Ris
Ris
2 years ago

I live in a 750 square foot one-bedroom apartment with my husband and as a result, we have become pretty militant about clutter and stuff. Nothing comes in unless something else goes out. I’m also a master at selling stuff on Craigslist and Ebay. It can, however, feel like its own job sometimes, this unending war on stuff. I’ve seen friends have to clear out their parents’ 3,000 square foot houses and the emotional toll that it takes on all involved.

Kate
Kate
2 years ago

I love to purge, and try to buy less, but just when I think I cleaned it all out more comes in. That happens with two kids birthday parties and holidays, as well as my husband’s hobbies and my desire to cook all sorts of foods and utilize gadgets galore. Add in two dogs, and no matter how minimal I try to keep our home the ‘stuff’ just keeps coming back. This post was timely for me, as this summer I am building a capsule wardrobe and going to finally give away all of the smaller clothes that no longer… Read more »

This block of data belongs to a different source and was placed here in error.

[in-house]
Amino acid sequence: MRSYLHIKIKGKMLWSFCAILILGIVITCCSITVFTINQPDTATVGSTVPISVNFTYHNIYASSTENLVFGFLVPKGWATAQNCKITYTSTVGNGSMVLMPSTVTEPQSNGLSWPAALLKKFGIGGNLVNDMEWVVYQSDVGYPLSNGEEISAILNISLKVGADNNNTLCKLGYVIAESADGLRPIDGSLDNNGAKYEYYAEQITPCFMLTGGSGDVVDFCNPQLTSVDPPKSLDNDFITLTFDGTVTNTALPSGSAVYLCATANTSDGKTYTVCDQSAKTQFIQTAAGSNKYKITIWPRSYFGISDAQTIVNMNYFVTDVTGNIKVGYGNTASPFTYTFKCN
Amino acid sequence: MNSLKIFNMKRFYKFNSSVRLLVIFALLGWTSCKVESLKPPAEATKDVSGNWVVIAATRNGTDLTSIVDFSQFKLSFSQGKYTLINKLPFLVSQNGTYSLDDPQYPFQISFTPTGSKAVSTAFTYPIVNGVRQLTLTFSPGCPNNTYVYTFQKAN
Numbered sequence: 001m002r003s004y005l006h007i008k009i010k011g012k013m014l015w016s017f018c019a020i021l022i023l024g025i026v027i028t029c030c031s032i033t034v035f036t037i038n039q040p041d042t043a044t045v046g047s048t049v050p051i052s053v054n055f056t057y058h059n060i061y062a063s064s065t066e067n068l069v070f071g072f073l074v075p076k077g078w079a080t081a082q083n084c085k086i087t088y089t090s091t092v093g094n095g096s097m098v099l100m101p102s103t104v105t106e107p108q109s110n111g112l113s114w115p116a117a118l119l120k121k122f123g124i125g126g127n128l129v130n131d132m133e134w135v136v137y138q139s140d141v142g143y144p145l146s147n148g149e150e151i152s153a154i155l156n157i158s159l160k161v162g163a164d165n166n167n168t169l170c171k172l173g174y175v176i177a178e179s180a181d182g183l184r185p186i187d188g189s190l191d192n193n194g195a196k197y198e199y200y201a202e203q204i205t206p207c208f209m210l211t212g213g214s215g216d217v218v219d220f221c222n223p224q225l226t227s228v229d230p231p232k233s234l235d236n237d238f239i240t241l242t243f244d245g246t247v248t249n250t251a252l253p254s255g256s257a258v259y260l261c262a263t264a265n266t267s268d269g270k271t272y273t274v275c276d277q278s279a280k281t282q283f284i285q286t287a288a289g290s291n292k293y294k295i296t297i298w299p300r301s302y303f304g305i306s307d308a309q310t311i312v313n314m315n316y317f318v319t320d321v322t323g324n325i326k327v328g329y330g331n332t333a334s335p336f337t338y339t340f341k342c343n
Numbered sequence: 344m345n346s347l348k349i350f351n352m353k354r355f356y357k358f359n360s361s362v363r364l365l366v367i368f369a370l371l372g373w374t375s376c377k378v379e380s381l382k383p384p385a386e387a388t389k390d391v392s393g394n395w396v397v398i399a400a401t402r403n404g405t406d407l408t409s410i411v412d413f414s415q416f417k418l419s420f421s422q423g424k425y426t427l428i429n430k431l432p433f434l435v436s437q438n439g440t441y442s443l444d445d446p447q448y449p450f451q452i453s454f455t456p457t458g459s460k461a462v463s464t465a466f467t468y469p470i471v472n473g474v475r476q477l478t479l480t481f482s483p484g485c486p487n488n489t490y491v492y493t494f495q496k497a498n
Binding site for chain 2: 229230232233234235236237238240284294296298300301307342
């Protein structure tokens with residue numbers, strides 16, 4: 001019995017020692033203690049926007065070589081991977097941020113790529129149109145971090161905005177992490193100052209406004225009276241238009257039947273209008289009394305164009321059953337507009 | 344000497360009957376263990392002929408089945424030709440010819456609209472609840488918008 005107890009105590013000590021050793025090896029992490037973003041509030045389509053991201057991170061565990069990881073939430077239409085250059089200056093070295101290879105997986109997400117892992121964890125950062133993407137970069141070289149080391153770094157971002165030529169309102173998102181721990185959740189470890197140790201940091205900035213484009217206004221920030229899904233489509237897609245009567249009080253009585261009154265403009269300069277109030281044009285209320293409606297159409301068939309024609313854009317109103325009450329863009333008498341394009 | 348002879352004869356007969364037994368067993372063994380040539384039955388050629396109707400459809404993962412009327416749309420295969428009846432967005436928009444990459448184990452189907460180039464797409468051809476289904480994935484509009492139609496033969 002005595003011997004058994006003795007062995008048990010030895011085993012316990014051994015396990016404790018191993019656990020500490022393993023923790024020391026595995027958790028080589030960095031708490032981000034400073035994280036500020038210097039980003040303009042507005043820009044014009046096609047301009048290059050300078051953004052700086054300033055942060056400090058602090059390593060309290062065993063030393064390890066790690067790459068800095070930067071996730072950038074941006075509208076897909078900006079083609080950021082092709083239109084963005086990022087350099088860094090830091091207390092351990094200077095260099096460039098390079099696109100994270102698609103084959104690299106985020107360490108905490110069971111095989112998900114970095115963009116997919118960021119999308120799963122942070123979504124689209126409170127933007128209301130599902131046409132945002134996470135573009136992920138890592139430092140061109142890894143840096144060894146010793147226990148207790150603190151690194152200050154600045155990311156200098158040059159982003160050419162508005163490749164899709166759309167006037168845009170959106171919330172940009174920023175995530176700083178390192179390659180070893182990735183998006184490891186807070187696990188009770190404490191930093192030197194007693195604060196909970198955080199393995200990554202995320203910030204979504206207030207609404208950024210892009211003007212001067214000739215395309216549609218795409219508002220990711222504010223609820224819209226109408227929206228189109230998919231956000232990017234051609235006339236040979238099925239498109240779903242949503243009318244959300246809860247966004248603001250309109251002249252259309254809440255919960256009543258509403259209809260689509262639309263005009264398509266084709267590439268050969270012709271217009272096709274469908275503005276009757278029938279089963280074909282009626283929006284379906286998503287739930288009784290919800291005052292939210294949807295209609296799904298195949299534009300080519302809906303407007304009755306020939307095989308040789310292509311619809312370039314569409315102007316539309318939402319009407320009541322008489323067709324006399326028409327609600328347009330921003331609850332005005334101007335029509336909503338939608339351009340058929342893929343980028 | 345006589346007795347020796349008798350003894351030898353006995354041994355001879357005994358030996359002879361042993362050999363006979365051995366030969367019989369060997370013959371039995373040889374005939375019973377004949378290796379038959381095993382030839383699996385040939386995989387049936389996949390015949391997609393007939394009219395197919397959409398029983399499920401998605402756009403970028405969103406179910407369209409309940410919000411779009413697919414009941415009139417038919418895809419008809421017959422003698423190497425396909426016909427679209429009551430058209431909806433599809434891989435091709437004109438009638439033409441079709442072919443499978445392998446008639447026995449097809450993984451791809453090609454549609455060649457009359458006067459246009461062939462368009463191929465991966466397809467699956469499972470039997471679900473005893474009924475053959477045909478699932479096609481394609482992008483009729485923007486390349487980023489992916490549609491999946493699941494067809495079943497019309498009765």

Sharon
Sharon
2 years ago

We’re going to sell the house and live in our RV once I retire, which will be no later than 1/31/19. I am consumed with getting rid of “stuff” but worried about how I’ll be able to keep the things I actually want, which in my case is books. I love books and no e-reader is ever going to fill the gap. I have thousands of books. I can probably (and have been) give away 80% of them, but what do I do with the rest? I can digitize my pictures (for a price) and upload my CD’s to the… Read more »

J
J
2 years ago
Reply to  Sharon

Hi. If you have not spent at least a month living in a RV before, I strongly advise waiting 6 months to a year before selling your house…unless you know you would definitely move if you decided RV life no longer appealed. I have known two couples to sell houses to live in their RVs only to regret the decision shortly thereafter. One couple stayed in the RV for 18 months to make sure that “getting used to living that lifestyle” would make life better only to conclude that they just disliked it that much more. The other couple nearly… Read more »